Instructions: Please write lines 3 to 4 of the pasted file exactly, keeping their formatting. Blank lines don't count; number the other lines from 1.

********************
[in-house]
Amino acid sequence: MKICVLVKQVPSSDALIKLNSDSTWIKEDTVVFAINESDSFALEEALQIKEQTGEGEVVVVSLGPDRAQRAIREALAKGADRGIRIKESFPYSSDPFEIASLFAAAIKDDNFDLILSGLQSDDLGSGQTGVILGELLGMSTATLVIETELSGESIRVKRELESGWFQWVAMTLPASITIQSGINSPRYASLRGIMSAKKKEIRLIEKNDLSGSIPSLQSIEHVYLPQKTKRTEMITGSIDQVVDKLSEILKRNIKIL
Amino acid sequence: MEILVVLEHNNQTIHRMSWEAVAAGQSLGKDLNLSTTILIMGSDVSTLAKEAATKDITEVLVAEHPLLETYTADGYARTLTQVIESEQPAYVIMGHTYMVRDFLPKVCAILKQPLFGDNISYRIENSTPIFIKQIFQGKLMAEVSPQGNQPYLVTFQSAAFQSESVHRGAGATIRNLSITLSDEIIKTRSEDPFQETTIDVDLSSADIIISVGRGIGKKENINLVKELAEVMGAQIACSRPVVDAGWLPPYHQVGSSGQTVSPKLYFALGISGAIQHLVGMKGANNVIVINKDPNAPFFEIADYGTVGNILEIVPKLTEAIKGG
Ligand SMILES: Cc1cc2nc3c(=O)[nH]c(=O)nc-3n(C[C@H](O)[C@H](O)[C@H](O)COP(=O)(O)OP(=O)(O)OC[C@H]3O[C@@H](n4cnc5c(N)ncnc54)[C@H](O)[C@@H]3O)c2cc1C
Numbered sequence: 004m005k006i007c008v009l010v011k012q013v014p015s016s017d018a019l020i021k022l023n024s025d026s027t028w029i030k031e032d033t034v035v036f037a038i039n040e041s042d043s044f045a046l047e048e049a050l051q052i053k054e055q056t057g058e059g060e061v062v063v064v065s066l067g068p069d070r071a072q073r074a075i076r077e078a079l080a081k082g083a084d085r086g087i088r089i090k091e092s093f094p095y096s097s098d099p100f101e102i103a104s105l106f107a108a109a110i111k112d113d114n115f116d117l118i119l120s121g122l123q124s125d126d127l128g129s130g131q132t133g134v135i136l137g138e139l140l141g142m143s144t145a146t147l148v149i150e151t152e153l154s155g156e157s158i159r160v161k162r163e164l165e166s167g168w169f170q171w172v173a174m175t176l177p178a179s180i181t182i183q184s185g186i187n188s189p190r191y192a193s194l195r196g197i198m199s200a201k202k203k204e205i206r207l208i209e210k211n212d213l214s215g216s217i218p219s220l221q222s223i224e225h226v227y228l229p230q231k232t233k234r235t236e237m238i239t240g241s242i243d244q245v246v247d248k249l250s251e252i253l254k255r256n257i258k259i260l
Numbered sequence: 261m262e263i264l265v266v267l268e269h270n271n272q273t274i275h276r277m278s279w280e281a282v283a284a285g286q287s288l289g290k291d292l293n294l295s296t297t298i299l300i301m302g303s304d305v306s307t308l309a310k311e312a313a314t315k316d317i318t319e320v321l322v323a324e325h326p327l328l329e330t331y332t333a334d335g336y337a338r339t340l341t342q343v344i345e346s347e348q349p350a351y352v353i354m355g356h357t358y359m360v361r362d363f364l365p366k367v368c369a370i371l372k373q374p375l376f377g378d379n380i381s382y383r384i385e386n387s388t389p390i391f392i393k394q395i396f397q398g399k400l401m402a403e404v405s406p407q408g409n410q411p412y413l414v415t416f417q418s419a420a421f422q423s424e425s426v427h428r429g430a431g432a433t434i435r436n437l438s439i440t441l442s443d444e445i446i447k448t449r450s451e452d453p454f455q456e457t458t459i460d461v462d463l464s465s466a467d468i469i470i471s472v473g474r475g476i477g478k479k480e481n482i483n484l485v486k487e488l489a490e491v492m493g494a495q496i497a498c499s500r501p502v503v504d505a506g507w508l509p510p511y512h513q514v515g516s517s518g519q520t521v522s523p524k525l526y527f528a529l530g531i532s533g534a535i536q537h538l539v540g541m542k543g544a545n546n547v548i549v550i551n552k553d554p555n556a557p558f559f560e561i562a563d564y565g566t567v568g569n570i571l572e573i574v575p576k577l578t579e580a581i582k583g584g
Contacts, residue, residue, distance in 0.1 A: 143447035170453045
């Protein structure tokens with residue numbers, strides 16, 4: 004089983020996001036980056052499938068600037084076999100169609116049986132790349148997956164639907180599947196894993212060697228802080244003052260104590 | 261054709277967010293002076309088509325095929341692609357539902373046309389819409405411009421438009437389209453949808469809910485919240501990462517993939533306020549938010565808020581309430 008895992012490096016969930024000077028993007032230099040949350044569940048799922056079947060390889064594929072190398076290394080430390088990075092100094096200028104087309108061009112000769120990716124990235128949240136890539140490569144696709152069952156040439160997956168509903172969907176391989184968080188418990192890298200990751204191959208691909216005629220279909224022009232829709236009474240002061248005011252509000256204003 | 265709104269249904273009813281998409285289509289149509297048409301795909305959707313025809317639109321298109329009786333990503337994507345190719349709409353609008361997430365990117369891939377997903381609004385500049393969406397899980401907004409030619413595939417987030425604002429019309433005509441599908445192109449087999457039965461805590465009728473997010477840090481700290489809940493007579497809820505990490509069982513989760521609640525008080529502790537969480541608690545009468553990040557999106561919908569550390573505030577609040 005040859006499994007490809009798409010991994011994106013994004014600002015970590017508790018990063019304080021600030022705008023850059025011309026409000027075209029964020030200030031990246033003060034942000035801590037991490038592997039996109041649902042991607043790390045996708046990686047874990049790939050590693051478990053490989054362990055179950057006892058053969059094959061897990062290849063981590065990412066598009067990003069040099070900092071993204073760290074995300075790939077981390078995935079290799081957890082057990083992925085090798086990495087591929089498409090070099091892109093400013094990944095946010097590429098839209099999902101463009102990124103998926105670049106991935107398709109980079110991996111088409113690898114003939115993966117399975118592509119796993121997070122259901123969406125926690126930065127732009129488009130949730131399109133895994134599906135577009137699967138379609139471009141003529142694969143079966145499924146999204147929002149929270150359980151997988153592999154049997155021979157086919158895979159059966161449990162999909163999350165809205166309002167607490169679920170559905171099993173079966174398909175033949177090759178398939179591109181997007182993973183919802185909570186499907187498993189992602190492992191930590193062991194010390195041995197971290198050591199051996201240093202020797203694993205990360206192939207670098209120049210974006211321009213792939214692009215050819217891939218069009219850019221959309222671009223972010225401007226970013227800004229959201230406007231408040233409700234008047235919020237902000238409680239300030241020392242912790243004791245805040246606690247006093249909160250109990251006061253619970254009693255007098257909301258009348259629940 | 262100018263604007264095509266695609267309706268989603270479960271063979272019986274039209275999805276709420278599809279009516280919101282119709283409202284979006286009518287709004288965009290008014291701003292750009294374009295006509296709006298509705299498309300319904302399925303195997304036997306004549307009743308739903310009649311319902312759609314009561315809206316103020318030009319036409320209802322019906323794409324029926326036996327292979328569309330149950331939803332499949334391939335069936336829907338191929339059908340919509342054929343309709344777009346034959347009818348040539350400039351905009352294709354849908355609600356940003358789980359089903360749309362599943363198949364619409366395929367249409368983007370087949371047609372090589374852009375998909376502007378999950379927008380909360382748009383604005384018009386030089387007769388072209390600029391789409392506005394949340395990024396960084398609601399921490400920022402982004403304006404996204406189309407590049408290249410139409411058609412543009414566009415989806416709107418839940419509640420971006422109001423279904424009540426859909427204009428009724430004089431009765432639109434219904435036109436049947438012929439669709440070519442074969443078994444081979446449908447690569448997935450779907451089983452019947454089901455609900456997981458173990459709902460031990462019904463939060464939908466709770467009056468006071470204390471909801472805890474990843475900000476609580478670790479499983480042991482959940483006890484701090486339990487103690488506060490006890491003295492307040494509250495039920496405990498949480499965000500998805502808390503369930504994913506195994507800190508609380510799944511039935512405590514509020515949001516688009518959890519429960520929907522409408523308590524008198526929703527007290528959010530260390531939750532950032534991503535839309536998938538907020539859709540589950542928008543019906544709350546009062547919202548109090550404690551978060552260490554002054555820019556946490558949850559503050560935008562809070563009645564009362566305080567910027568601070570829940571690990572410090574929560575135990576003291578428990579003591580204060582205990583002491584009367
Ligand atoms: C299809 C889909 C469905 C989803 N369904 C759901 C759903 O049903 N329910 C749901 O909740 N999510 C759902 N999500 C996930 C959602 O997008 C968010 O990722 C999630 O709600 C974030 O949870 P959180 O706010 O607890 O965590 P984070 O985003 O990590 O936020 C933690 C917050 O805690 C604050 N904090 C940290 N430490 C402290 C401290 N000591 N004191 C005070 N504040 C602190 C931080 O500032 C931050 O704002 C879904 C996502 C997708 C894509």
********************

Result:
Amino acid sequence: MEILVVLEHNNQTIHRMSWEAVAAGQSLGKDLNLSTTILIMGSDVSTLAKEAATKDITEVLVAEHPLLETYTADGYARTLTQVIESEQPAYVIMGHTYMVRDFLPKVCAILKQPLFGDNISYRIENSTPIFIKQIFQGKLMAEVSPQGNQPYLVTFQSAAFQSESVHRGAGATIRNLSITLSDEIIKTRSEDPFQETTIDVDLSSADIIISVGRGIGKKENINLVKELAEVMGAQIACSRPVVDAGWLPPYHQVGSSGQTVSPKLYFALGISGAIQHLVGMKGANNVIVINKDPNAPFFEIADYGTVGNILEIVPKLTEAIKGG
Ligand SMILES: Cc1cc2nc3c(=O)[nH]c(=O)nc-3n(C[C@H](O)[C@H](O)[C@H](O)COP(=O)(O)OP(=O)(O)OC[C@H]3O[C@@H](n4cnc5c(N)ncnc54)[C@H](O)[C@@H]3O)c2cc1C